Sinning aside, a lot of fairly mundane things happen in the bedroom of a hip-hop artist. Boston’s Edan Portnoy is a mop-topped rapper/producer/DJ whose rough-hewn style is the result of many hours spent alone, practicing and dreaming alongside his record collection. The homemade cover art of his second album features the bodies of Beatles-era Brits (complete with Nehru jackets) topped by the cutout faces of famous rappers—it’s a perfect visual for the music inside. Glistening psychedelic harmonies collide with harsh drum samples, while Edan raps about turning “your scene to tangerine” (“I See Colors”) or messing with Thor’s hammer (“Promised Land”) in the furious cadence of his late-1980s rap idols. Not everything is rose-colored: With its backward loops and disorienting echo, “Smile” is one of hip-hop’s first hacks at a bad acid trip.
Owen Pallett’s live shows are like optical illusions. Armed with only a violin and a foot-operated sampler, the Torontonian assembles his songs bit by bit: A short line of plucks forms a backbeat, bowed strings add a hint of Psycho-drama, and Pallett’s workmanlike voice rises above the fray. “The CN Tower Belongs to the Dead” captures some of the awkward charm of his one-man performance. The song grows steadily from its meager pizzicato and seesawing bass line as Pallett finds romance in the world’s tallest freestanding structure on land—underscoring his sentiments with a piercing, kick-out-the-resin solo halfway through. The track “Please Please Please” prances along a string line, with Pallett breaking momentarily from his placidity: “Ask yourself: Are you a slut?” he accuses coolly, before yelling back at himself, “NO YOU’RE NOT!” Sometimes you are your own worst critic.
Kieran Hebden’s last album, Rounds, found inspiration in the doe-eyed, family-style British folk scene of the late 1960s and ‘70s. His latest, Everything Ecstatic, careens between perfect, in-the-pocket pop symmetry and total group dysfunction. “Smile Around the Face” may be one of the friendliest and most conventionally structured tunes Hebden’s ever done, anchored by drums that recall Hall and Oates and a bright chorus that recalls a dozen well-mannered kettle whistles. In contrast, “Sun Drums and Soil” is as primal as the title suggests, thick with sprawling drum circles, free jazz freak-outs, and dozens of would-be soloists circling each other with suspicion. It devolves from there until Hebden’s sampler distills the melee into a sighing horn line and a single tap of a piano key.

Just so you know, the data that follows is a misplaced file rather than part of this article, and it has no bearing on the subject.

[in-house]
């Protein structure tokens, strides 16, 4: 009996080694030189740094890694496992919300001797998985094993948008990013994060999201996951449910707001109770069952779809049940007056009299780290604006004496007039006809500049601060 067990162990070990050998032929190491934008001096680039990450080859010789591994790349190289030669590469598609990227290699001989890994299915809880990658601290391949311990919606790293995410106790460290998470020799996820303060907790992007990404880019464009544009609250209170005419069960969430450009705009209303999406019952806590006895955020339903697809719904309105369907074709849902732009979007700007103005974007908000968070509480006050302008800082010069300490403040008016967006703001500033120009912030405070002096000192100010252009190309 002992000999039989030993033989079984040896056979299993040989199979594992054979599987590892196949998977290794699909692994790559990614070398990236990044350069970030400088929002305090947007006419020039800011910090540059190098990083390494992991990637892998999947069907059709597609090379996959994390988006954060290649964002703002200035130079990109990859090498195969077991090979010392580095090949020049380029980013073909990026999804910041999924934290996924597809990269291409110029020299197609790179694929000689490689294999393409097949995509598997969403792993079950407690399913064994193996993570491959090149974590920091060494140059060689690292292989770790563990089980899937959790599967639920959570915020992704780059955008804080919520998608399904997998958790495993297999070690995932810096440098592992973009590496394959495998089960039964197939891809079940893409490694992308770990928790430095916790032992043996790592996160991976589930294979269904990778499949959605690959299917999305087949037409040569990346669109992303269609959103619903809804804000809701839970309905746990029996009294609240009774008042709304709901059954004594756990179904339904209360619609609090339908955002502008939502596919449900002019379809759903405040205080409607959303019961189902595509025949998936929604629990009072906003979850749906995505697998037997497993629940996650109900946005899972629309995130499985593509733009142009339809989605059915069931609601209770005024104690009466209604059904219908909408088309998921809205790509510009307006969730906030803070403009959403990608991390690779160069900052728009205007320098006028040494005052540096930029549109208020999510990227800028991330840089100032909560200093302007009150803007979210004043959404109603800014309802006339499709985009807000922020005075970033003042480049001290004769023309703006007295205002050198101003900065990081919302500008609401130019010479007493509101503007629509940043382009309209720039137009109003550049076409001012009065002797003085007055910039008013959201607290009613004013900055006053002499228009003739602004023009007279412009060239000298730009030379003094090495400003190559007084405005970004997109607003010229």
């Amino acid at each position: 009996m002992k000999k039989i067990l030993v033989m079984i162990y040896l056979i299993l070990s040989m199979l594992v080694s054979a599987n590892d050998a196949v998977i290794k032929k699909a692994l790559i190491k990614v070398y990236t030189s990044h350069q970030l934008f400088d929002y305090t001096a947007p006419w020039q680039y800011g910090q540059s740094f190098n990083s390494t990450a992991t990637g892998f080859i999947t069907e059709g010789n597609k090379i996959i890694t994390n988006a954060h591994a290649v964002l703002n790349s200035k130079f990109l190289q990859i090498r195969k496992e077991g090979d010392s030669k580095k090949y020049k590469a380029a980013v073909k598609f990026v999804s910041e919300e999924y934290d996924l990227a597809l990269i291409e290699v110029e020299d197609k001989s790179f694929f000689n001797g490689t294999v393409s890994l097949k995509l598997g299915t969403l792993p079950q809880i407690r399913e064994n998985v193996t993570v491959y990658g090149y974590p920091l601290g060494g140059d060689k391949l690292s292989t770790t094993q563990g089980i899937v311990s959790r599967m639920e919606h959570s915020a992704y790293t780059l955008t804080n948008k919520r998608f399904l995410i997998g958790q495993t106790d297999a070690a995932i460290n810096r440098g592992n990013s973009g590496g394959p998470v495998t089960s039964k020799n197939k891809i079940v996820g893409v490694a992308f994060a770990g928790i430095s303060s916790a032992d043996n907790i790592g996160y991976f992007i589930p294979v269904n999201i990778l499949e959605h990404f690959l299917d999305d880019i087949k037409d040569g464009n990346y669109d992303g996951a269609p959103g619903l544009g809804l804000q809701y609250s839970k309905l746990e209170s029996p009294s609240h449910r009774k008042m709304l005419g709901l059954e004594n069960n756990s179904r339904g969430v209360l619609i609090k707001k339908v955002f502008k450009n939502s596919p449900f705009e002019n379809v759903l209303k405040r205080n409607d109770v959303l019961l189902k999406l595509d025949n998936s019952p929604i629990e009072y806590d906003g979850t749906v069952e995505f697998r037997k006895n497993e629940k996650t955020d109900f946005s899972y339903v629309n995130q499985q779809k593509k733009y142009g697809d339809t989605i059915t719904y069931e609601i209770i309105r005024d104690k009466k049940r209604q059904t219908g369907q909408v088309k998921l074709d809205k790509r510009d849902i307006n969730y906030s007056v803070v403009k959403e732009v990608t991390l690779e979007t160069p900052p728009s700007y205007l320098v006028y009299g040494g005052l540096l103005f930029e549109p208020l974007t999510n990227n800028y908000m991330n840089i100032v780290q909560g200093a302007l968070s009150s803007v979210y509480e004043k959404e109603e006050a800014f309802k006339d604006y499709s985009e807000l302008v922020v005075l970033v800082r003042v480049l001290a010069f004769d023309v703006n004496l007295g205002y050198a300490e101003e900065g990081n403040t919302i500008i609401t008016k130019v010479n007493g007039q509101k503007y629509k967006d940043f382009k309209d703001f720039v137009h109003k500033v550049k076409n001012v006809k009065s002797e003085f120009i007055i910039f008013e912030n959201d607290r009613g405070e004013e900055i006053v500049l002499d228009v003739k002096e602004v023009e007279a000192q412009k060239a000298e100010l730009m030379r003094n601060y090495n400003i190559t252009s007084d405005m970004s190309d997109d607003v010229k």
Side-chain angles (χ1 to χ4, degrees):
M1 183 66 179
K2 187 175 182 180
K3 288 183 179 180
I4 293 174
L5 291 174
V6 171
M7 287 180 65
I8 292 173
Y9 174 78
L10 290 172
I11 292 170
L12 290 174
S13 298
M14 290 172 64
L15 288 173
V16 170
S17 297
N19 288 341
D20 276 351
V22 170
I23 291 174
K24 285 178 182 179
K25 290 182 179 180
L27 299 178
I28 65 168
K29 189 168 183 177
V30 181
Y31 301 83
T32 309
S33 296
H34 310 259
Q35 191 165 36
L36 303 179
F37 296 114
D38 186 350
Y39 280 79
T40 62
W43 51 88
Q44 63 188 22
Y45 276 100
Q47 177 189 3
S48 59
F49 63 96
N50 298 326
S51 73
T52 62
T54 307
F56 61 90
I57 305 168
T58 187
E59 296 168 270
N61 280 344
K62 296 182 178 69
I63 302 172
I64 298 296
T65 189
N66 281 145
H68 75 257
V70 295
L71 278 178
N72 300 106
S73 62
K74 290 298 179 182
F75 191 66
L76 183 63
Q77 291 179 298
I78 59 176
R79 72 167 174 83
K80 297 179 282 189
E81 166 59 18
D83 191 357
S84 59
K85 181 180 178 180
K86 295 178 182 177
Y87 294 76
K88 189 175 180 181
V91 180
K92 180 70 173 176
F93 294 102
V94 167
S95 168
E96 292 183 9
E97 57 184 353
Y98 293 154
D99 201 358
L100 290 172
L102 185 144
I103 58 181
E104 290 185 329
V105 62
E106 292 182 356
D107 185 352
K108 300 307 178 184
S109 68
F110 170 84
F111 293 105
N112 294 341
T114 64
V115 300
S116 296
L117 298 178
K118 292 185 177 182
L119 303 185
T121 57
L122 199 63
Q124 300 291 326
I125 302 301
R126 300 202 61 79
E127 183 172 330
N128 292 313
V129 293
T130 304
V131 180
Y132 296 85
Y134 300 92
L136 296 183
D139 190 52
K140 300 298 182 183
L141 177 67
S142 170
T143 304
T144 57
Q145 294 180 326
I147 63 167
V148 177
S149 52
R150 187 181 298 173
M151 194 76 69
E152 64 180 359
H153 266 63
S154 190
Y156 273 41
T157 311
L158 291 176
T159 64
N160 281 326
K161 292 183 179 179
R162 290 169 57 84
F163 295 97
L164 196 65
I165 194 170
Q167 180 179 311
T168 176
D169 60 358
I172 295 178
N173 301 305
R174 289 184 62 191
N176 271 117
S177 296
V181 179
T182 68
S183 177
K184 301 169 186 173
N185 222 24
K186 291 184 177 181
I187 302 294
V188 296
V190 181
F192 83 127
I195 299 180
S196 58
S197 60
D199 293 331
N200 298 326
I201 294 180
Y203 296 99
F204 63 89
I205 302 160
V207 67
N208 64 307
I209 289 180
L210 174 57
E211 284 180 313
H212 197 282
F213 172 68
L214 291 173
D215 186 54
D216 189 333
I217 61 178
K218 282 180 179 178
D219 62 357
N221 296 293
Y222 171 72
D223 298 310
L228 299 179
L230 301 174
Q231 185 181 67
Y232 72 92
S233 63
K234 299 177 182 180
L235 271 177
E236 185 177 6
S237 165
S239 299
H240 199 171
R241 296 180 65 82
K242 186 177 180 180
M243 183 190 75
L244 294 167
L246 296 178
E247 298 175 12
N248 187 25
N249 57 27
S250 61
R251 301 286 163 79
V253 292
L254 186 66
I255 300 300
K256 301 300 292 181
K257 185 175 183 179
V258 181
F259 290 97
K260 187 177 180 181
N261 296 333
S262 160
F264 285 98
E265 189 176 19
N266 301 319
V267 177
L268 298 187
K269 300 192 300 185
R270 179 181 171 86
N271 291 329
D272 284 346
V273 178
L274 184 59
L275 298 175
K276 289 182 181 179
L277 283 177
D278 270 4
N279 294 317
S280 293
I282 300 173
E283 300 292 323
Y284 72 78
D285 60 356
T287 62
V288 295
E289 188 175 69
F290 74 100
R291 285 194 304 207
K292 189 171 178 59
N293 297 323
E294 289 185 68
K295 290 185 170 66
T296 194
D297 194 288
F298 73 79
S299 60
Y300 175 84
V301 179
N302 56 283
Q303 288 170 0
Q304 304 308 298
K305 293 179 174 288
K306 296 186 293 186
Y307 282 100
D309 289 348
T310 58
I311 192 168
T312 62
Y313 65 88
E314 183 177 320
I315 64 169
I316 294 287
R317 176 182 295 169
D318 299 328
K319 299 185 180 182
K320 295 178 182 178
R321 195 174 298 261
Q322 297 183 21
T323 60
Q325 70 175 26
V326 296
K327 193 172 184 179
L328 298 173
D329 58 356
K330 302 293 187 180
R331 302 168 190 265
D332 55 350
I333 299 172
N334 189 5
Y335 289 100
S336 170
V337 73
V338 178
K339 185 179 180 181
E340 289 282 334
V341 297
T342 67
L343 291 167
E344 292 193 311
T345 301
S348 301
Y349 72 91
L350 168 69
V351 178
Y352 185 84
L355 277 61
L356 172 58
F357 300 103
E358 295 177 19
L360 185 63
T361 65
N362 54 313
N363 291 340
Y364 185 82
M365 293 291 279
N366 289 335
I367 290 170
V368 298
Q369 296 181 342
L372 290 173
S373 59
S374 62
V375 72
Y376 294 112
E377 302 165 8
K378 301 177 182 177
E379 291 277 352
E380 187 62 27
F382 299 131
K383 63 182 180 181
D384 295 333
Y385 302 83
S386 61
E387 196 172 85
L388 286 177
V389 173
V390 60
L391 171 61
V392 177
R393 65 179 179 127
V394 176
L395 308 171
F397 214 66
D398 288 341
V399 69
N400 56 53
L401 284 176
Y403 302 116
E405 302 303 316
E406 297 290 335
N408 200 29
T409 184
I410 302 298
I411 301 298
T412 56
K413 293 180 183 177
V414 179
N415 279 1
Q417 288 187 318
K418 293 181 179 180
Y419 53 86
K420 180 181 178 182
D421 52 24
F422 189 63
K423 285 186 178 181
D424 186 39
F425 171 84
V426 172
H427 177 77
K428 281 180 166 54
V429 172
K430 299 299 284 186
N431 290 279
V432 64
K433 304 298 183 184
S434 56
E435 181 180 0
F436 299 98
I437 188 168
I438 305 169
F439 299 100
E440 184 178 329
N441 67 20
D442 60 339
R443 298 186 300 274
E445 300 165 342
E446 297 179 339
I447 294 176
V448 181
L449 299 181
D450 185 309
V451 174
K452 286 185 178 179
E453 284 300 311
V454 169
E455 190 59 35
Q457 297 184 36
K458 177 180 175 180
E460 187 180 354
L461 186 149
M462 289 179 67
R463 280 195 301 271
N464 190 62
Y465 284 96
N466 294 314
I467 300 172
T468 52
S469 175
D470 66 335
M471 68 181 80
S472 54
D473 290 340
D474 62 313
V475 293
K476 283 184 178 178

The idea of an all-vocal, note-for-note solo rendition of The Who Sell Out does not inspire confidence. But Haden is no novice when it comes to kookiness—she spent the 1990s in that dog, a squeaky pop-punk quartet heavy on cello and violins. Her tribute to the Who’s playful 1967 album is alluring, with multi-tracked hums, meows, purrs, yowls, and bah-bah-bahs subbing for all the “proper” instruments. (Haden sings as well, but her elfin take on Roger Daltrey is the most pedestrian element of the mix.) She even covers the original album’s fake commercial jingles, redoing “Heinz Baked Beans” as an efficient doo-wop beat-box number. The focused chug and windmill guitar of “I Can See for Miles” get redone in the style of a scatterbrained barbershop quartet, while the already-trippy “Armenia City in the Sky” sounds even stranger with Haden’s howls and birdcalls approximating Pete Townshend’s backwards guitar.
One’s first reaction to France’s M83 is usually that this is an awful lot of sound for one person to be generating. Anthony Gonzalez traffics in suffocating, ambient swirls, industrial noise, and foamy coos. His second album demonstrates little concern for traditional songwriting technique. The bedlam of “*” is interrupted by sharp, random bursts of silence, while tracks like “I Guess I’m Floating” or “Fields, Shorelines and Hunters” tell stories through textures and mood rather than couplets and choruses. “Don’t Save Us From the Flames” is a monstrous track that alternates between overpowering, arena-sized slabs of guitar riffs and rolling drums, and Gonzalez’s soft-spoken verses. Don’t be fooled by all the noise—think of it as a security blanket that carefully protects Gonzalez’s weepy, melancholic core.